A few weeks ago, we wrote about the release of a long-lost album by Knoxville ’60s folk group the Cumberland Trio. The band, actually a quartet, was on the verge of national success when they recorded the songs in New York in 1964, but their label, Record Industries Corporation, went out of business before the album could be released. The tapes were assumed to be lost for nearly 50 years, but were recently rediscovered, and have been made available for download as Lost and Found: The 1964 New York Sessions, with a physical release scheduled for this summer.
As is the case with a lot of unusual archival finds in East Tennessee, credit for the rediscovery of the Cumberland Trio’s New York recordings belongs to Brad Reeves of the Tennessee Archive of Moving Image and Sound. Reeves was searching for video or film footage of the Trio’s 1963 appearance on the ABC music program Hootenanny and had contacted Trio singer/guitarist Jerre Haskew, who now lives in Chattanooga.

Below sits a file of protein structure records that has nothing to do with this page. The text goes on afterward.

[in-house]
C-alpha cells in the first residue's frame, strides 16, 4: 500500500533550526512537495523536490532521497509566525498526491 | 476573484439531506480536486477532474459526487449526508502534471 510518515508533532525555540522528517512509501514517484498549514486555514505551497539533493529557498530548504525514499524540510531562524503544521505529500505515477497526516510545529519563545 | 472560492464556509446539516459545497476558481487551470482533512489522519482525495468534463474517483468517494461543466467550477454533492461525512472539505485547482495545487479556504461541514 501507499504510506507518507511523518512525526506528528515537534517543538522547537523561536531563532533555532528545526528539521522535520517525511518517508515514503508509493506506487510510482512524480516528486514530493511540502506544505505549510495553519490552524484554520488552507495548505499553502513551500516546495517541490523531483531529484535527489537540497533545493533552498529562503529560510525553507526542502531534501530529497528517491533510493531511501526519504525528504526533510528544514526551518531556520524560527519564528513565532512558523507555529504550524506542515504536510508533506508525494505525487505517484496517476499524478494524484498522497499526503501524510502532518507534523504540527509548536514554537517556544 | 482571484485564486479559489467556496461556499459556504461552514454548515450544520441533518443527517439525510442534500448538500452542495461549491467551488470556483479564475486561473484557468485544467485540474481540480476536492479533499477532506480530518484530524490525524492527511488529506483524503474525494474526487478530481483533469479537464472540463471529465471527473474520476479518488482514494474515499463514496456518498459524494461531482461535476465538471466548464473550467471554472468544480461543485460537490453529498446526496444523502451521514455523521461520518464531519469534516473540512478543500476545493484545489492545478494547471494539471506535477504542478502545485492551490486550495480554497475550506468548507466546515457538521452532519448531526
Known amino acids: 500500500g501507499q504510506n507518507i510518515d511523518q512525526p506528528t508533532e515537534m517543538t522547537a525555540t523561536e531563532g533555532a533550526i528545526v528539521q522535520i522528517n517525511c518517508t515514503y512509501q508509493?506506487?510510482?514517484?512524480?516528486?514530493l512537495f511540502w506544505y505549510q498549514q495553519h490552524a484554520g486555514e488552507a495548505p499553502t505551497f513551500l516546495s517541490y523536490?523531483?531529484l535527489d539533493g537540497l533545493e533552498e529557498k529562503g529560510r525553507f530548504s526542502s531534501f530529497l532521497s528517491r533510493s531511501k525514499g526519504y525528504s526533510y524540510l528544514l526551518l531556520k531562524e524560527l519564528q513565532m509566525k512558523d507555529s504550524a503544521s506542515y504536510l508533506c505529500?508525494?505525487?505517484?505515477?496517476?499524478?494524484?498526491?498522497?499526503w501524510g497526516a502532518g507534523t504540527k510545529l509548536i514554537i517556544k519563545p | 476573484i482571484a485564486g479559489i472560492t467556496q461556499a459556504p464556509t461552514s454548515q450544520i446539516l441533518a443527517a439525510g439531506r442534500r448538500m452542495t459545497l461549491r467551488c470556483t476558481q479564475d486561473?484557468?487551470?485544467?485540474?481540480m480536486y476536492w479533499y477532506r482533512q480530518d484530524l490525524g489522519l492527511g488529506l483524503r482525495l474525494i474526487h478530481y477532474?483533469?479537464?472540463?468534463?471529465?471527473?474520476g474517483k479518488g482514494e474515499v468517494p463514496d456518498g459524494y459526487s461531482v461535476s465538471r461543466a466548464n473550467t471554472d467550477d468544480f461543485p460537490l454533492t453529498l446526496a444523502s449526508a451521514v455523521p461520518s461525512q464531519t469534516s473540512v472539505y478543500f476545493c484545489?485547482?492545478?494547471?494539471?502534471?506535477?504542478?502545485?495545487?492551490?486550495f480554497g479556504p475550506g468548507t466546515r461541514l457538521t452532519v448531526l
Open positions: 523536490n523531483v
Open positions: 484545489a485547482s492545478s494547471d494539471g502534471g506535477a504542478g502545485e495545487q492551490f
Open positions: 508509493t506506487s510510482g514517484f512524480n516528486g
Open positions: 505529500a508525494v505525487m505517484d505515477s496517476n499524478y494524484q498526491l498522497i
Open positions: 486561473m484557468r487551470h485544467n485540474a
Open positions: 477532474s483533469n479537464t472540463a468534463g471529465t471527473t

“Haskew came in with a big pile of reel-to-reel tapes for transfer,” Reeves writes in an e-mail. “He told me about the lost RIC sessions... One tape turned out to be the missing and unreleased RIC sessions, recorded to tape decades ago from an acetate disc demo. Tape was fragile and shrunken (shedding and sometimes breaking during playback), but I managed to get a good transfer of most of the tracks. I believe a portion was incomplete or missing, but I found another tape reel in the pile which seemed to be in even worse physical condition, but contained the missing and/or incomplete tracks. Combined the two to make the whole.”